Mid-Continent Casualty Company v. General Reinsurance Corp.

Filing 920090522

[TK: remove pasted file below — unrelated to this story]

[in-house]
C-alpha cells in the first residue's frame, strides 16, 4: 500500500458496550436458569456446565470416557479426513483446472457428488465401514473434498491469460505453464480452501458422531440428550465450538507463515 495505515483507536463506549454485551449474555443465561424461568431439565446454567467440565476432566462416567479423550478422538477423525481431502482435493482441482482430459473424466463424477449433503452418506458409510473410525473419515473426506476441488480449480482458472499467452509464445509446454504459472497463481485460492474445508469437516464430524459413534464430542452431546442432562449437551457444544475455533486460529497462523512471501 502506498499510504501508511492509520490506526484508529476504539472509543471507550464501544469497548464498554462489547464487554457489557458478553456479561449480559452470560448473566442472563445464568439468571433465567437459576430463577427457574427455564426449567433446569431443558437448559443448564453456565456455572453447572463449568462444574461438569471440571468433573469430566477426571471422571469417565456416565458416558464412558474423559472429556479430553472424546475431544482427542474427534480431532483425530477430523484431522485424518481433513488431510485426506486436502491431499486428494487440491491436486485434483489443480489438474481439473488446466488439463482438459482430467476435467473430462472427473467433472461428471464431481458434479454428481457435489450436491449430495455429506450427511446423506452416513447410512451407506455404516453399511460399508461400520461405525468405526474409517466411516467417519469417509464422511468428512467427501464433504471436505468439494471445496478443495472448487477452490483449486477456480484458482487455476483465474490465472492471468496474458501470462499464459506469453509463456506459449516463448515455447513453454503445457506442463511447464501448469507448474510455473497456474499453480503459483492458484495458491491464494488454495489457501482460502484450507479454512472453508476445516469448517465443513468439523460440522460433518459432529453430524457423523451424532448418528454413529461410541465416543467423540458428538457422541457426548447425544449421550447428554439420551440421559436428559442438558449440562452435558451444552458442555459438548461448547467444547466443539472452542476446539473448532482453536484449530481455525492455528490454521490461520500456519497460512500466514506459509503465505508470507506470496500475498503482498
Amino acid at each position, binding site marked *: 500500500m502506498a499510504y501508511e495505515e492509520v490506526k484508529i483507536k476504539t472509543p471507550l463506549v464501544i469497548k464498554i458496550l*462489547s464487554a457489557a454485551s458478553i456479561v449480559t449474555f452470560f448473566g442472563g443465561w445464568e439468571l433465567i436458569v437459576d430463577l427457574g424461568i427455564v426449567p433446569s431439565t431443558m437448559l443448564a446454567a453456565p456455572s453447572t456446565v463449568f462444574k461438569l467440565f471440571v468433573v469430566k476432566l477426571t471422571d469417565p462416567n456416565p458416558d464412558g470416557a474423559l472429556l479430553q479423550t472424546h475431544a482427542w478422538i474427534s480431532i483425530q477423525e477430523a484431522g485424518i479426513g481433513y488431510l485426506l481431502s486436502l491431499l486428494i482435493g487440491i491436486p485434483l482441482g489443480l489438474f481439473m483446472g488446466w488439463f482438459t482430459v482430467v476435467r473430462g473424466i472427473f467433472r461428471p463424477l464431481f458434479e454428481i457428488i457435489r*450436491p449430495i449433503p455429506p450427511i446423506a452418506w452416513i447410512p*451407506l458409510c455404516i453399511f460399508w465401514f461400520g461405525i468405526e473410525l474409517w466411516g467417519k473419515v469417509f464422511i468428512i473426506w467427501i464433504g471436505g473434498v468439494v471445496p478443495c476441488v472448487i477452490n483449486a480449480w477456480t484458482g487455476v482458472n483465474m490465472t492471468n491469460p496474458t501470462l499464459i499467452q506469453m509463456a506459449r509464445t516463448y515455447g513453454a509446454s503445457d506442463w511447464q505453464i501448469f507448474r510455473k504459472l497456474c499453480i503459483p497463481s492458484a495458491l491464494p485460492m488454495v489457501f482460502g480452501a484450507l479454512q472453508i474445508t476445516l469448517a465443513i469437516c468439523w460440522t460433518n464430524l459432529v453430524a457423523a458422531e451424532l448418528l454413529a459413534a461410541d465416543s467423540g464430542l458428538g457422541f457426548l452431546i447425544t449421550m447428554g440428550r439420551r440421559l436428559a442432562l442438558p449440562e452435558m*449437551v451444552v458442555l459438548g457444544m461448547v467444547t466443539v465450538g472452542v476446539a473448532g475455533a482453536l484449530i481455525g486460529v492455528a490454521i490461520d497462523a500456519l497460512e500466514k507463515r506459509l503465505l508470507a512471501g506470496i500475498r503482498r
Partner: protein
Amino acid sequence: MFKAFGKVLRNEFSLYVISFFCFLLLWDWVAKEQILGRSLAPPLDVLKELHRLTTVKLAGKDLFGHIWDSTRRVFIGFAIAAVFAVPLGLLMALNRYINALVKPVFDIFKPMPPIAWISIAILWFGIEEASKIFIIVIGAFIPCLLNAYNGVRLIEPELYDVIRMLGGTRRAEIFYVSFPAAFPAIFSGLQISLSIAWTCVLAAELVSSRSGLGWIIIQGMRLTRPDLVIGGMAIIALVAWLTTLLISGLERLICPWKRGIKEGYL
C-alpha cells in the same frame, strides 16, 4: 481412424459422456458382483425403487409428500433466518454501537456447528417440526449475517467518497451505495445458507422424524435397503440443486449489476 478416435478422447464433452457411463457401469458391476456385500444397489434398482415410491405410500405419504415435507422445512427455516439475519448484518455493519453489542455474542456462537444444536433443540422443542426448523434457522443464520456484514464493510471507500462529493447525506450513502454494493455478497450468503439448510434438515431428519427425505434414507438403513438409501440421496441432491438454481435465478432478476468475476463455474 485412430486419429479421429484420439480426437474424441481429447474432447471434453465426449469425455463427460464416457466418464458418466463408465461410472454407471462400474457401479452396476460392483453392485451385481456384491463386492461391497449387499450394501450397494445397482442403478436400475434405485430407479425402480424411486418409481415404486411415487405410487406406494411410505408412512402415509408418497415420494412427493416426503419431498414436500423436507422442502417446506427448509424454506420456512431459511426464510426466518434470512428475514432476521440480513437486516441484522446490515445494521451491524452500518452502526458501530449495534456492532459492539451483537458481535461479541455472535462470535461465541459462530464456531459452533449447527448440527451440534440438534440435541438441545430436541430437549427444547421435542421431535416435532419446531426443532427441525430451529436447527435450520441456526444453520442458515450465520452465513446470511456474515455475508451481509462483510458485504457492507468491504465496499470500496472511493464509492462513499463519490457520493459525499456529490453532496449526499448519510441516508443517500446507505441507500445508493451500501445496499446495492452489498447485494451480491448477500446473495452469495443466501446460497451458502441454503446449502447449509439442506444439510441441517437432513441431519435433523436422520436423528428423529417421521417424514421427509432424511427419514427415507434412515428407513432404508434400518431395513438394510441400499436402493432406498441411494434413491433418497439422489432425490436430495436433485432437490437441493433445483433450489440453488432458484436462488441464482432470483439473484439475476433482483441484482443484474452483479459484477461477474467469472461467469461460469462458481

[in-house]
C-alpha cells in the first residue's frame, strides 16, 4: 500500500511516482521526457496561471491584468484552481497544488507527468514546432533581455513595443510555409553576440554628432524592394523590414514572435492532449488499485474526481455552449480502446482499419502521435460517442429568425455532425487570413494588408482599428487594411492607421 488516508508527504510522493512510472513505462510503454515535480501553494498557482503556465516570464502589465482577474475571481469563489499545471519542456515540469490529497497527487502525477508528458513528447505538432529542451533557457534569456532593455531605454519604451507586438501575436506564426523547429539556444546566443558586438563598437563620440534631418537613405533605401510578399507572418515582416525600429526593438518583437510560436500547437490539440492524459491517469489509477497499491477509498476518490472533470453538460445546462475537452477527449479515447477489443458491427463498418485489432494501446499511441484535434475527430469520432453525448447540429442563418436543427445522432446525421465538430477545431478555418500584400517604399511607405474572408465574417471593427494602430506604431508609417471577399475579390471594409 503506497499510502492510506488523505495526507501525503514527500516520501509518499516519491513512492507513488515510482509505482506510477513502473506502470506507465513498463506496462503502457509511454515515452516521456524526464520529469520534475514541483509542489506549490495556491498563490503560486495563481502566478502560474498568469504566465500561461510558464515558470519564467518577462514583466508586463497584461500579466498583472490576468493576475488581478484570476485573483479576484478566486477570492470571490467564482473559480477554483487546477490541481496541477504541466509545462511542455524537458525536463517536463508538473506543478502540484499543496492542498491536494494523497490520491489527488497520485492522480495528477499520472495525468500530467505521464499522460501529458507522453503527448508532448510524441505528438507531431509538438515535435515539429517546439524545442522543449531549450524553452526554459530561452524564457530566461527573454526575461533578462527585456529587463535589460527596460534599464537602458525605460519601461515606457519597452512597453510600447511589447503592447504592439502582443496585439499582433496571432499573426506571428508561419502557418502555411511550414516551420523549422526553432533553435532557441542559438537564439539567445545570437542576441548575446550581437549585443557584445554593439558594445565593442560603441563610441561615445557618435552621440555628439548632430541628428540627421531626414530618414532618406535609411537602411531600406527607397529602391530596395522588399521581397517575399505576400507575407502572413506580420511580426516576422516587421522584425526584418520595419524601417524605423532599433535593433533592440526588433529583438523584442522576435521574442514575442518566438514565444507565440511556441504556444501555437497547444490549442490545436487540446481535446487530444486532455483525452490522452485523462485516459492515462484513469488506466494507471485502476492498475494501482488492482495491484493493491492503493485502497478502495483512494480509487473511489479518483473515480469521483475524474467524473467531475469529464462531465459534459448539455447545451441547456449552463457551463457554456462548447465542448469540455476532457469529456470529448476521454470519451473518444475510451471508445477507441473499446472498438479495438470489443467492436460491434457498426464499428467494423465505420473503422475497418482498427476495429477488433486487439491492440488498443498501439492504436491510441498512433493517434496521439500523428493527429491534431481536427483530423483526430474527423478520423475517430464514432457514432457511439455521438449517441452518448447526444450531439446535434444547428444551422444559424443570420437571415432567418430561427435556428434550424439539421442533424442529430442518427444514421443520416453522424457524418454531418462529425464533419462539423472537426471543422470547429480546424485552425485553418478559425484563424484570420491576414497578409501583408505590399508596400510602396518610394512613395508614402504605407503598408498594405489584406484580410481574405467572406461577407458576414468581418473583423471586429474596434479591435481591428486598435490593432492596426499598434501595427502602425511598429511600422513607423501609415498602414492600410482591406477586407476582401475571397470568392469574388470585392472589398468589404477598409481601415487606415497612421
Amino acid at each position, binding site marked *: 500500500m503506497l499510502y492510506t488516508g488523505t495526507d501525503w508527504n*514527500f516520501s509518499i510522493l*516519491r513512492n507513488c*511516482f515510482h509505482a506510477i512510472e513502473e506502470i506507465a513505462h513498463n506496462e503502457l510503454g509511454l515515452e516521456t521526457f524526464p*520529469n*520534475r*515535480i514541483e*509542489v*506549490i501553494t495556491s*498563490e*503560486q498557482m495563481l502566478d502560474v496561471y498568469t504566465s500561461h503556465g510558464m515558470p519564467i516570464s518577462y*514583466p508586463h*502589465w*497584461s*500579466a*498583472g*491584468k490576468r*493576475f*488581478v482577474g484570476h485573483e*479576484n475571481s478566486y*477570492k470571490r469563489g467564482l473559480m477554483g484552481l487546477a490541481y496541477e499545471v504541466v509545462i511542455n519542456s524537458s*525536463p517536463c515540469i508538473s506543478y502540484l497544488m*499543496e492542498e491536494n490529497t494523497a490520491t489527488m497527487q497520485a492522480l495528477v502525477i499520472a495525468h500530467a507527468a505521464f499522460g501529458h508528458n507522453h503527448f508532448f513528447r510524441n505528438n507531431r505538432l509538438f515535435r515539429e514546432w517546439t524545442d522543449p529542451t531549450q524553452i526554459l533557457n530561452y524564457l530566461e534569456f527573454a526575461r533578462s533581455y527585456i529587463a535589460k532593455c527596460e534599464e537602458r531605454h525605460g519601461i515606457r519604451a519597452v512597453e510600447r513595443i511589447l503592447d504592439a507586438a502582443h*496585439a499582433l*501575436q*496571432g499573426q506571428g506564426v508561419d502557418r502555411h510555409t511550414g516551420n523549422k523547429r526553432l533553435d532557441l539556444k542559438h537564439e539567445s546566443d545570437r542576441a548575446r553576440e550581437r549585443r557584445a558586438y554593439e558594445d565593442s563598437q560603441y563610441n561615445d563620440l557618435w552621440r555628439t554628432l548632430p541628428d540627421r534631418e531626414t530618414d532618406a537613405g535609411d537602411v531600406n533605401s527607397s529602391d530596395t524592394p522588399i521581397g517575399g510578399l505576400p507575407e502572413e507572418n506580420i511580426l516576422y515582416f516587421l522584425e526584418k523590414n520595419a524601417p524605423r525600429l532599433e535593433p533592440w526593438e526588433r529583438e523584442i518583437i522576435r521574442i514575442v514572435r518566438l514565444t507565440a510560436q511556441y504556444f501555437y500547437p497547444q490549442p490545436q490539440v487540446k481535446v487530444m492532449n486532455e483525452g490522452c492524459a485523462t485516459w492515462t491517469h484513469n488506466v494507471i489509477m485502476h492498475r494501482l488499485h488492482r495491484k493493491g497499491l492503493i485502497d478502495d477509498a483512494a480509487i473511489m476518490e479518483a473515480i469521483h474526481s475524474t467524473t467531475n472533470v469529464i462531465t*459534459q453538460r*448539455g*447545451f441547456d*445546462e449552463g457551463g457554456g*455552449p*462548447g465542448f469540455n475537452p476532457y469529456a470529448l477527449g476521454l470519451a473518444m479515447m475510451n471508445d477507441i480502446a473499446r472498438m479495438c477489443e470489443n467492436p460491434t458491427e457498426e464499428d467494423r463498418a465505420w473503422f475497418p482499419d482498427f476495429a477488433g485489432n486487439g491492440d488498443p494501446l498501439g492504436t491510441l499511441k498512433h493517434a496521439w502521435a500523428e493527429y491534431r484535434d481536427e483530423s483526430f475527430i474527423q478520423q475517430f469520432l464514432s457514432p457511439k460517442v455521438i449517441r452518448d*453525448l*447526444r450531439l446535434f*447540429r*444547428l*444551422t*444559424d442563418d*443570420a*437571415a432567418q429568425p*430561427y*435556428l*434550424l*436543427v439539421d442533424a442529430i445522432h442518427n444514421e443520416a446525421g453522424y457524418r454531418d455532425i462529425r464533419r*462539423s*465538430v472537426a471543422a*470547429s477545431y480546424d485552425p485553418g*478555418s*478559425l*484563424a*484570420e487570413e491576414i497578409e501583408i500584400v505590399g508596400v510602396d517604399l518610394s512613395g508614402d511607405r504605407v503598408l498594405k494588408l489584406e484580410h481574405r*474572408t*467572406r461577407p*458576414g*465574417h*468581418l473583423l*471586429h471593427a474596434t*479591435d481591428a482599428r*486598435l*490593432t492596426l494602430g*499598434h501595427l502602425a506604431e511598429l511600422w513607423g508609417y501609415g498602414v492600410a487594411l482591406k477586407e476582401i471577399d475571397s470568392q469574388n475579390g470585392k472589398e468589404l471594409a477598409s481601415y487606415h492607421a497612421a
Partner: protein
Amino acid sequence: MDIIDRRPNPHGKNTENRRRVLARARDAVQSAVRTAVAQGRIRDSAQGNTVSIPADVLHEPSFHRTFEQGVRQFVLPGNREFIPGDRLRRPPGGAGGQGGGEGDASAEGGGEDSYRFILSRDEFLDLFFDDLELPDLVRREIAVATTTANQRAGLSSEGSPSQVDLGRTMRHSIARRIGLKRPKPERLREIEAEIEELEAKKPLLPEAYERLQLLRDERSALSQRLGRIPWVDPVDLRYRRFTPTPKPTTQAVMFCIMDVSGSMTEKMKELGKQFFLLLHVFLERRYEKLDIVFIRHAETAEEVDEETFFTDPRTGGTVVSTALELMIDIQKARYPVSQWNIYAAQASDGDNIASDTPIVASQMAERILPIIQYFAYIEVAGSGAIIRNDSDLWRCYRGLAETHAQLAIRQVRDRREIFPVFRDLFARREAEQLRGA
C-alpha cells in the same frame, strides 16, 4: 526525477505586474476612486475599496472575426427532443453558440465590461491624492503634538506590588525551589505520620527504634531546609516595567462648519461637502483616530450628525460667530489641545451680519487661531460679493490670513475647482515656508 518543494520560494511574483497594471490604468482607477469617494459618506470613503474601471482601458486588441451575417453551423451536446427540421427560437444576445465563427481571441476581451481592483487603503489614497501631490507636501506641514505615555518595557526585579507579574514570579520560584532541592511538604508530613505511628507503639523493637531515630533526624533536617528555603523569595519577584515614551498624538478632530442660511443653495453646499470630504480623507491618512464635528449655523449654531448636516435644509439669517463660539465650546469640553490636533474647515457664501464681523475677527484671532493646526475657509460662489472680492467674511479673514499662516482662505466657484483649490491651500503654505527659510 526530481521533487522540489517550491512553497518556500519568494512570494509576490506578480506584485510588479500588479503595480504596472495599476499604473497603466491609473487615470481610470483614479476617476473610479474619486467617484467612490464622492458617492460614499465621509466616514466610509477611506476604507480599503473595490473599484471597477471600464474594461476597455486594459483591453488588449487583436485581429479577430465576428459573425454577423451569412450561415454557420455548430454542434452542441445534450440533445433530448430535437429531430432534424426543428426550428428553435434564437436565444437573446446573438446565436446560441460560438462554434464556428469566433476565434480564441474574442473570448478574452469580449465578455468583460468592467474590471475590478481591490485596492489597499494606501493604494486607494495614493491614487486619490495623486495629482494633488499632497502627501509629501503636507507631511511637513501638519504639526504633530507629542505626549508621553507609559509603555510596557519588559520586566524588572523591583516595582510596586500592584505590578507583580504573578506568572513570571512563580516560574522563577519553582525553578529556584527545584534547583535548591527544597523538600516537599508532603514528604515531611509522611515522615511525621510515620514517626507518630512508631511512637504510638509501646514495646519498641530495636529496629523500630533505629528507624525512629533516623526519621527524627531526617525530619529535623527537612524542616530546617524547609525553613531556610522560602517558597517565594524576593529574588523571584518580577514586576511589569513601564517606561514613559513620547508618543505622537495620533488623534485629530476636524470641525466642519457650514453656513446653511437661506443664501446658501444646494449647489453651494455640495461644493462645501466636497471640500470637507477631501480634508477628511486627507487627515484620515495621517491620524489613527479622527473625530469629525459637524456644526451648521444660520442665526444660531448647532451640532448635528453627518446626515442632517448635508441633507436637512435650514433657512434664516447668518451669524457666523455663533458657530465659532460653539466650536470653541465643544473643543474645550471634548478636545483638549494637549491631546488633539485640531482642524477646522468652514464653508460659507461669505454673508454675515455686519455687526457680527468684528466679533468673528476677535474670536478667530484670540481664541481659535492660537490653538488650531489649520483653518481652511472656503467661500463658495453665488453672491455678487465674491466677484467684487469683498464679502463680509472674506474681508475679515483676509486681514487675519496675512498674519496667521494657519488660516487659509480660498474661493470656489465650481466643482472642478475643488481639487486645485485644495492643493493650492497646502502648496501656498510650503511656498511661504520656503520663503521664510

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FILED United States Court of Appeals Tenth Circuit May 22, 2009 UNITED STATES COURT OF APPEALS A. Shumaker Elisabeth Clerk of Court TENTH CIRCUIT MID-CONTINENT CASUALTY COMPANY, an Oklahoma corporation, Plaintiff-Appellee, v. GENERAL REINSURANCE CORPORATION, a Delaware corporation, Defendant-Appellant. _____________________ REINSURANCE ASSOCIATION OF AMERICA, Amicus Curiae. No. 07-5050 (D.C. No. 06-CV-475-EA) (N. Dist. Okla.) ORDER AND JUDGMENT * Before MURPHY, SEYMOUR, and BALDOCK, Circuit Judges. Mid-Continent Casualty Company ("Mid-Continent") entered into two contracts for reinsurance with General Reinsurance Corporation ("GenRe"). After This order and judgment is not binding precedent, except under the doctrines of law of the case, res judicata, and collateral estoppel. It may be cited, however, for its persuasive value consistent with F ED . R. A PP . P. 32.1 and 10 TH C IR . R. 32.1. * a dispute arose between the parties, Mid-Continent filed suit against GenRe in federal court. GenRe moved to compel arbitration under the Federal Arbitration Act ("FAA"), 9 U.S.C. § 1 et seq. The district court denied the motion, finding (1) Oklahoma law controlled because the FAA was reverse preempted by the McCarran-Ferguson Act, 15 U.S.C. § 1012, 1 and (2) the arbitration clauses were unenforceable under Oklahoma law. GenRe appeals. GenRe and Mid-Continent executed two reinsurance contracts (collectively, the Reinsurance Agreements), the first in 1992 and the second in 2000. 2 Both contracts contained arbitration clauses. On September 12, 2006, Mid-Continent brought suit against GenRe, alleging GenRe breached the Reinsurance Agreements by failing to indemnify Mid-Continent for expenses incurred in the settling of various claims. GenRe moved to compel arbitration and MidContinent objected, arguing that Oklahoma law prohibited arbitration of reinsurance contract disputes. At the time the Reinsurance Agreements were formed, the Oklahoma Uniform Arbitration Act ("OUAA") applied to arbitration clauses in reinsurance contracts, rendering them presumptively valid and enforceable. The The McCarran-Ferguson Act saves state statutes relating to "the business of insurance" from preemption by federal law, providing instead that state law governs. 15 U.S.C. § 1012 (b). Agreement Number B404 was executed on January 23, 1992, and Agreement Number 8793 was executed on November 10, 2000. -22 1 OUAA­which made arbitration agreements "valid, enforceable and irrevocable"­excluded "contracts which reference insurance," but excepted "contracts between insurance companies" (i.e., reinsurance contracts) from that exclusion. 3 Okla. Stat. tit. 15, § 802(A) (1978) (repealed 2005) ("Original Act"). In Oklahoma, arbitration clauses are invalid unless expressly authorized by statute. See Rollings v. Thermodyne Indus., 910 P.2d 1030, 1036 (Okla. 1996). In 2005, before this suit was filed, the Oklahoma Legislature enacted a revised version of the OUAA and repealed the previous act. Okla. Stat. tit. 12 ch. 38B ("Revised Act"). 4 Pertinently, the Revised Act no longer excepted reinsurance contracts from the Act's exclusion of contracts that reference insurance. Id. at § 1855(D) (2005) (amended 2008). Also relevant to this appeal is the Revised Act's retroactivity provision: "Beginning January 1, 2006, the Uniform Arbitration Act governs an agreement to arbitrate whenever made." Id. In full, section 802(A) provided, This act shall apply to a written agreement to submit any existing controversy to arbitration or a provision in a written contract to submit to arbitration any controversy thereafter arising between the parties. Such agreements are valid, enforceable and irrevocable, except upon such grounds as exist at law or in equity for the revocation of any contract. This act shall not apply to collective bargaining agreements or contracts with reference to insurance except for those contracts between insurance companies. Okla. Stat. tit. 15, § 802(A). Because both the 1978 Act and the 2005 Act were entitled "Uniform Arbitration Act," we refer to the 1978 Act as the "Original Act" and the 2005 Act as the "Revised Act." -34 3 at § 1854(C). In May 2008, after oral argument in this case, the legislature amended section 1855(D), reinserting the provision excepting reinsurance contracts from the Act's exclusion of insurance contracts. Thus, section 1855(D) currently reads, "The [OUAA] shall not apply to collective bargaining agreements and contracts of insurance, except for those contracts between insurance companies." Okla. Stat. tit. 12, § 1855(D) (emphasis added). In short, the Amendment makes the OUAA applicable to contracts between insurance companies­rendering arbitration clauses presumptively valid and enforceable­as it was prior to the adoption of the Revised Act in 2005. The Amendment went into effect on November 1, 2008. In the first round of briefing, GenRe contended that the Original Act governs, permitting arbitration in reinsurance contracts. GenRe raised three additional arguments in the alternative: (1) the Revised Act violates the Contracts Clause because it substantially impairs the obligations of reinsurance contracts; (2) the Revised Act does not prohibit arbitration clauses in reinsurance contracts but instead defers to common law; and (3) Oklahoma public policy favors arbitration and therefore cannot serve as a basis for reverse preemption under the McCarran-Ferguson Act. In its supplementary briefing filed after the enactment of the 2008 Amendment, GenRe concedes that the Revised Act applies to "pre-existing -4- agreements" and contends that the Amendment governs contracts as of its effective date. It re-asserts its other arguments, pointing to the Amendment's passage as further proof that state public policy favors arbitration provisions in reinsurance contracts. We review the denial of a motion to compel arbitration de novo. See Ansari v. Qwest Commc'ns, Corp., 414 F.3d 1214, 1218 (10th Cir. 2005). As an initial matter, we note that resolution of this appeal is complicated by the 2008 Amendment, which changed the applicable law after the district court issued its decision. The question presented is thus whether the Revised Act as amended makes effective the arbitration clauses contained in the Reinsurance Agreements. We must first determine whether the Amendment to the Revised Act applies to the Reinsurance Agreements, and, if so, whether the statute as amended expressly authorizes arbitration agreements in reinsurance contracts. See Williams v. W.D. Sports, N.M., Inc., 497 F.3d 1079, 1086 n.5 (10th Cir. 2007) ("[A]n appellate court must apply the law in effect at the time it renders its decision."). The 2008 Amendment was approved May 2, 2008, and contained an effective date of November 1, 2008. The bill did not specify whether the Amendment would apply retroactively to contracts executed before November 1, 2008, and the parties did not address this issue in their supplementary briefing. 5 While GenRe did note that the Amendment would govern the Reinsurance Agreements once it became effective, it did not provide any analysis -5- 5 However, because the new law merely amended one provision of the Act, we look to the Revised Act itself to determine whether it is retroactive as amended. This question is easily resolved, as the Revised Act is clearly retroactive, both by its express terms and as interpreted by the Oklahoma Supreme Court. Section 1854(C) of the Revised Act makes it applicable to "agreement[s] to arbitrate whenever made," Okla. Stat. tit. 12, § 1854(C), and the Oklahoma Supreme Court has held that it applies retroactively to agreements made prior to its effective date. Sooner Builders & Invs., Inc. v. Nolan Hatcher Const. Servs., L.L.C., 164 P.3d 1063, 1070 (Okla. 2007). We therefore conclude that the 2008 Amendment is governed by the Revised Act's retroactivity provision and applies to the contracts at issue here. A counter-holding­i.e., the Revised Act is retroactively applicable but the 2008 Amendment is not­would be at odds with legislative intent. It would also conflict with the presumption under Oklahoma law that procedural laws are immediately effective. 6 See id. ("[A]rbitration is a form of procedure, and or support for that proposition. This rule functions as an exception to the general rule that laws are presumptively prospective. See Thomas v. Cumberland Operating Co., 569 P.2d 974, 976 (Okla. 1977) ("As a general rule statutes are construed to operate prospectively, unless the legislature clearly expresses an intent that it operate retrospectively. However, legislation which is general in its terms and affects only procedural matters is presumed to have been intended to be applicable to all actions, whether pending or not, absent any expressed intention to the contrary."). -66 procedural law is presumed to be applicable to pending cases absent an express legislative intent to the contrary."). In sum, Sooner Builders placed the Revised Act in the category of procedural statutes presumed to be applicable to pending cases, and we can see no reason why the 2008 Amendment should be treated any differently. Having determined that the Amendment applies retroactively to contracts executed before its effective date, the only remaining question is whether the Amendment renders the arbitration clauses in the Reinsurance Agreements valid and enforceable. In the supplemental briefing filed following the Amendment's enactment, neither party addressed what effect the 2008 Amendment would have if we were to decide the case after its effective date of November 1, 2008. Resolution of this question is straightforward, however. Under Oklahoma law, "agreements to submit future controversies to arbitration are contrary to public policy" and therefore unenforceable. Cannon v. Lane, 867 P.2d 1235, 1238 (Okla. 1994) (holding arbitration clause unenforceable where contract was expressly excluded from the OUAA's reach). But "the common law rule prohibiting arbitration does not apply when there is specific legislative approval." Rollings, 910 P.2d at 1036 (Okla. 1996) (holding voluntary arbitration provision enforceable). Section 1857 of the Revised Act provides: An agreement contained in a record to submit to arbitration any existing or subsequent controversy arising between the parties to the agreement is valid, enforceable, and irrevocable except upon a -7- ground that exists at law or in equity for the revocation of a contract. Okla. Stat. tit. 12, § 1857(A) (emphasis added). As the Oklahoma Supreme Court concluded in Rollings, this provision constitutes express legislative approval of arbitration clauses. 910 P.2d at 1033. 7 The 2008 Amendment, which restored the language of the Original Act permitting arbitration in reinsurance contract disputes, brings reinsurance contracts within the scope of the Revised Act. Okla. Stat. tit. 12, § 1855(D). We therefore hold that the Revised Act as amended renders the Reinsurance Agreements valid and enforceable. The case is REVERSED and REMANDED for proceedings consistent with this opinion. ENTERED FOR THE COURT Stephanie K. Seymour Circuit Judge Rollings was analyzing the parallel provision of the Original Act, Okla. Stat. tit. 15, § 802(A), which contained substantively similar language. See 910 P.2d at 1033 n.3. -8- 7